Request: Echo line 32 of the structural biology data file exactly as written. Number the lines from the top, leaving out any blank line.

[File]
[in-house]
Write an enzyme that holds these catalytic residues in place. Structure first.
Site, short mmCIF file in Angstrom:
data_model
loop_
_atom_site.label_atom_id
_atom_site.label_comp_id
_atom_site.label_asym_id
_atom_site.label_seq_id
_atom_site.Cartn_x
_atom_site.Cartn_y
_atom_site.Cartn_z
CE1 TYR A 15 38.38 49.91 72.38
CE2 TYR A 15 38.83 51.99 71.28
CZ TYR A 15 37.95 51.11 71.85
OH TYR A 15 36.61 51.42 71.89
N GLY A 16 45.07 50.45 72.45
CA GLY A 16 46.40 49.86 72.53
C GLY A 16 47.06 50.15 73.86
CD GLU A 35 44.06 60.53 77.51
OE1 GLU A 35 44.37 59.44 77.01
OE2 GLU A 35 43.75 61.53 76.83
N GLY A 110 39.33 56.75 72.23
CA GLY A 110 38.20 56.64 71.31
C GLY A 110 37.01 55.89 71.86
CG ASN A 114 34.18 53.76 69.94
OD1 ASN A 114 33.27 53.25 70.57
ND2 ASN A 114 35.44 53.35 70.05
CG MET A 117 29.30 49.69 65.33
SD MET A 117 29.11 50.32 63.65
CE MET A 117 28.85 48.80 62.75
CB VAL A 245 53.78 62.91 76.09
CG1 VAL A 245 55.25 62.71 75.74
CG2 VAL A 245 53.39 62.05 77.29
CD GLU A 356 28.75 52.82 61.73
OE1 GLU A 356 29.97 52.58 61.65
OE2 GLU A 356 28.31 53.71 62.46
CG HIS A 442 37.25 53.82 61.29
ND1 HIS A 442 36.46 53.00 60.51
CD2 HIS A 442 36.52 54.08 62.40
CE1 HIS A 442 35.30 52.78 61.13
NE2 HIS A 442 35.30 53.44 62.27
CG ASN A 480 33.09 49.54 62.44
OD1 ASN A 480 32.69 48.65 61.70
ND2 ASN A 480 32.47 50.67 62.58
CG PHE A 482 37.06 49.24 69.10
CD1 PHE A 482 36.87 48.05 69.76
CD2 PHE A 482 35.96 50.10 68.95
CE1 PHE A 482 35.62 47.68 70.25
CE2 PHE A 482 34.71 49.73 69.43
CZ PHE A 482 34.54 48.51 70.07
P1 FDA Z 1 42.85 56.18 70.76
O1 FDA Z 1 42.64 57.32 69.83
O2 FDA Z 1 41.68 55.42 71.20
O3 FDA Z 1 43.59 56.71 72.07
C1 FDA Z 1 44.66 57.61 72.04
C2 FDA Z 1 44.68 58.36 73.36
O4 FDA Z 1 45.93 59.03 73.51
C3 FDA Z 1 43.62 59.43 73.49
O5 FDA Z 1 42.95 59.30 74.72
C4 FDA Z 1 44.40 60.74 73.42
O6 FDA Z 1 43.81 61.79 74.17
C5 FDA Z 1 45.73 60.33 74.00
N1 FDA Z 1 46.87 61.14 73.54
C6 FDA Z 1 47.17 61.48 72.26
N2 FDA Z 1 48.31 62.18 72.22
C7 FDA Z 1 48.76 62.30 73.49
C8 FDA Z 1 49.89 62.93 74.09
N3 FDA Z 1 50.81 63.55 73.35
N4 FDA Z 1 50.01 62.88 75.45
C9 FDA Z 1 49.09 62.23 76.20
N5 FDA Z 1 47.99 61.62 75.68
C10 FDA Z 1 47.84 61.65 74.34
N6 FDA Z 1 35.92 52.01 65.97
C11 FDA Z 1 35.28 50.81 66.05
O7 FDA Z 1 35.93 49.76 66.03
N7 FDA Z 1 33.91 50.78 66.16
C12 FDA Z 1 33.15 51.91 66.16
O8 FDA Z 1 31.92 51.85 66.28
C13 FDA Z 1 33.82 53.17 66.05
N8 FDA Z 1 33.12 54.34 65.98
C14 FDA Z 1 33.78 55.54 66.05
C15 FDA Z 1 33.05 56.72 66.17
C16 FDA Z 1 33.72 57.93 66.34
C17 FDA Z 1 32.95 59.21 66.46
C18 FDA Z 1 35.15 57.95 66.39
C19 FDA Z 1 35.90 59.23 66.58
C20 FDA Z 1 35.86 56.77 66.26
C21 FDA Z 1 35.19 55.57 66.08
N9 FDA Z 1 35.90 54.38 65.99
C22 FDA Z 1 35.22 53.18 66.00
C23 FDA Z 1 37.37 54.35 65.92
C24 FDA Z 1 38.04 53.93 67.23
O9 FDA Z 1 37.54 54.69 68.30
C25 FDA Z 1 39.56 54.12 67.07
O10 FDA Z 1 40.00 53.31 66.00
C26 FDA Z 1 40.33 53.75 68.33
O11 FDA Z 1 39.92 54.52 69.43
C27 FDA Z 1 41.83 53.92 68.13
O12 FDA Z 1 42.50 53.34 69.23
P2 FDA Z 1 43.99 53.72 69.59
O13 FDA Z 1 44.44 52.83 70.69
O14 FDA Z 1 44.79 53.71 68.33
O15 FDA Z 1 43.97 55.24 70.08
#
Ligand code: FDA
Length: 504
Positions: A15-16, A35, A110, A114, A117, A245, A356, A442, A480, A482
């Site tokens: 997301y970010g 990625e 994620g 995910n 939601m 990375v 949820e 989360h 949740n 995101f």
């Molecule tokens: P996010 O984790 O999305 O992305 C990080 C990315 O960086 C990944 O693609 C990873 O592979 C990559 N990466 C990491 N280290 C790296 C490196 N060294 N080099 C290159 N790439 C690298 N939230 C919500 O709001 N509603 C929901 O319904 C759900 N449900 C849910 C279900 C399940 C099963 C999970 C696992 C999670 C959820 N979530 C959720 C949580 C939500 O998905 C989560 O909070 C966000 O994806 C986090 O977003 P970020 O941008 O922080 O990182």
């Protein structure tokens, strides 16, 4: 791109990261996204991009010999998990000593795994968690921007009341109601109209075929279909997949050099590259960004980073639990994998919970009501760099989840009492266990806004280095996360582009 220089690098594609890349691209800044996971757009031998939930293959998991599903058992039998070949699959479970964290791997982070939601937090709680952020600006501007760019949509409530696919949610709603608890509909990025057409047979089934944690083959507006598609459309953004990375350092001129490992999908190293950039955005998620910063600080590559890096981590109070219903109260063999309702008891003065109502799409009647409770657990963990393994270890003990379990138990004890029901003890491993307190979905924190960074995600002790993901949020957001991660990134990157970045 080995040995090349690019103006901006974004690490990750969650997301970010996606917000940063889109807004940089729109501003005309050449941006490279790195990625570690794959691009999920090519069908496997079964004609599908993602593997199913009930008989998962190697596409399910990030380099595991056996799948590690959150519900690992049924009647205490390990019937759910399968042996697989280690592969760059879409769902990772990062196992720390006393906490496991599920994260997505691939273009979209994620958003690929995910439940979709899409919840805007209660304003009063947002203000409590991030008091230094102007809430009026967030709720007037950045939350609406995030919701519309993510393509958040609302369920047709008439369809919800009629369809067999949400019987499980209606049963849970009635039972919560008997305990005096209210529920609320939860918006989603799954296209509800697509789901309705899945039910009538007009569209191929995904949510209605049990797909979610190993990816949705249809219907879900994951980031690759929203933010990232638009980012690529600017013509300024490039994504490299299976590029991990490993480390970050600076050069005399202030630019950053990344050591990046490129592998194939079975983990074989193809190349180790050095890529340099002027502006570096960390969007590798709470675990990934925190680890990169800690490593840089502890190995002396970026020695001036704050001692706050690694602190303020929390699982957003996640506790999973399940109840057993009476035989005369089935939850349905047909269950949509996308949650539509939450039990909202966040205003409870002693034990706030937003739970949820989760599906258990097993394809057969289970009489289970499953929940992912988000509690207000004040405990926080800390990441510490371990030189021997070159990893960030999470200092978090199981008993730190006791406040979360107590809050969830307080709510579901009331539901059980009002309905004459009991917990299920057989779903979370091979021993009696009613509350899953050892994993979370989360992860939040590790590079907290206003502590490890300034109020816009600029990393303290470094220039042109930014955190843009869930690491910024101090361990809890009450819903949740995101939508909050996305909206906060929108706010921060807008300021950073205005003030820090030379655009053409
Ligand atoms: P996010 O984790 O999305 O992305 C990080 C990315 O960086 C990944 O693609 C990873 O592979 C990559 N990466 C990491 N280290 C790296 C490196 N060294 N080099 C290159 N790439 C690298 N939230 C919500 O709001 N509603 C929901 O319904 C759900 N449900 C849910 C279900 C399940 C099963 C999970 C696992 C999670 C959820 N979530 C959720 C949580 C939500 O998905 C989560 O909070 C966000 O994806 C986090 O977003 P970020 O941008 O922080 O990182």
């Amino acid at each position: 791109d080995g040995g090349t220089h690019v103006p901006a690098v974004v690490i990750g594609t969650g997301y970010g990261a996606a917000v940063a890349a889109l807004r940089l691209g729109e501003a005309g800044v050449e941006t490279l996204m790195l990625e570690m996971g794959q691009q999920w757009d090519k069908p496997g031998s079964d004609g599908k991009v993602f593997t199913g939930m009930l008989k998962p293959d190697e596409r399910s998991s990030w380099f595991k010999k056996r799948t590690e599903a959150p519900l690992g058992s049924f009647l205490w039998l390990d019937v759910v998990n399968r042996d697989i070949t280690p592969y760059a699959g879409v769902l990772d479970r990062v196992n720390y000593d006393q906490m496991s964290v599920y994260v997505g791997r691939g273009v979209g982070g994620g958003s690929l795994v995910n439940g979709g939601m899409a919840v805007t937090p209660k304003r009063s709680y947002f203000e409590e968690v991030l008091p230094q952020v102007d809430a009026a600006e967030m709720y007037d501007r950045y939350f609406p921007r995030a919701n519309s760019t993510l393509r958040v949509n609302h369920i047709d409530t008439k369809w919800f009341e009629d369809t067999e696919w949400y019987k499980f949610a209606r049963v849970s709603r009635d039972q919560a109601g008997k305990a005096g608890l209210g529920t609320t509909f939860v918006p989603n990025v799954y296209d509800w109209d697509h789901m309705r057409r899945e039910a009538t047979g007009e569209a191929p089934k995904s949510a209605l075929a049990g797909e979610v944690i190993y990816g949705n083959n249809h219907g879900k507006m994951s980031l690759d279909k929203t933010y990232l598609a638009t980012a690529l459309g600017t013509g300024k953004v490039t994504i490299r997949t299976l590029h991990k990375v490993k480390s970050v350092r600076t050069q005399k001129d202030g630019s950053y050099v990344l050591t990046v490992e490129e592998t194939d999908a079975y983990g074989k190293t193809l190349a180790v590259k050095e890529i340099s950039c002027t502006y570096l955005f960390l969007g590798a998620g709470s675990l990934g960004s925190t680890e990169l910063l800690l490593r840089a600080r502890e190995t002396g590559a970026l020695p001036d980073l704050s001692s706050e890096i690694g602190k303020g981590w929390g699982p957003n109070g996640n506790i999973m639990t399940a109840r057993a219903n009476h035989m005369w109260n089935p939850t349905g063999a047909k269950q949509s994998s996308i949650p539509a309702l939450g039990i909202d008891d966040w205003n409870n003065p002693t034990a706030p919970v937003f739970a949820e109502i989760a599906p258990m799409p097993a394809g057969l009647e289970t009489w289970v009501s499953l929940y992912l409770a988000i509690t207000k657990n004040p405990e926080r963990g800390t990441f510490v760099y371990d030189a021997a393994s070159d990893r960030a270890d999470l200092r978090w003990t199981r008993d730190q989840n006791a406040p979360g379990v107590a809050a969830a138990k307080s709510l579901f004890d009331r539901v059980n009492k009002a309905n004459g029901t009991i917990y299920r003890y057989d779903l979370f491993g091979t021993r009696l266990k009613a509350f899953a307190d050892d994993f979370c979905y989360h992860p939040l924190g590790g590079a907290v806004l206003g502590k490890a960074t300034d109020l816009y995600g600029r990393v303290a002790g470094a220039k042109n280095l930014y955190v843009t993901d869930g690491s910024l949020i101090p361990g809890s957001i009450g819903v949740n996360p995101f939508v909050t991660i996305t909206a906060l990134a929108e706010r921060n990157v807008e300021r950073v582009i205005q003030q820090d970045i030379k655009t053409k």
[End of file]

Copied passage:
CB VAL A 245 53.78 62.91 76.09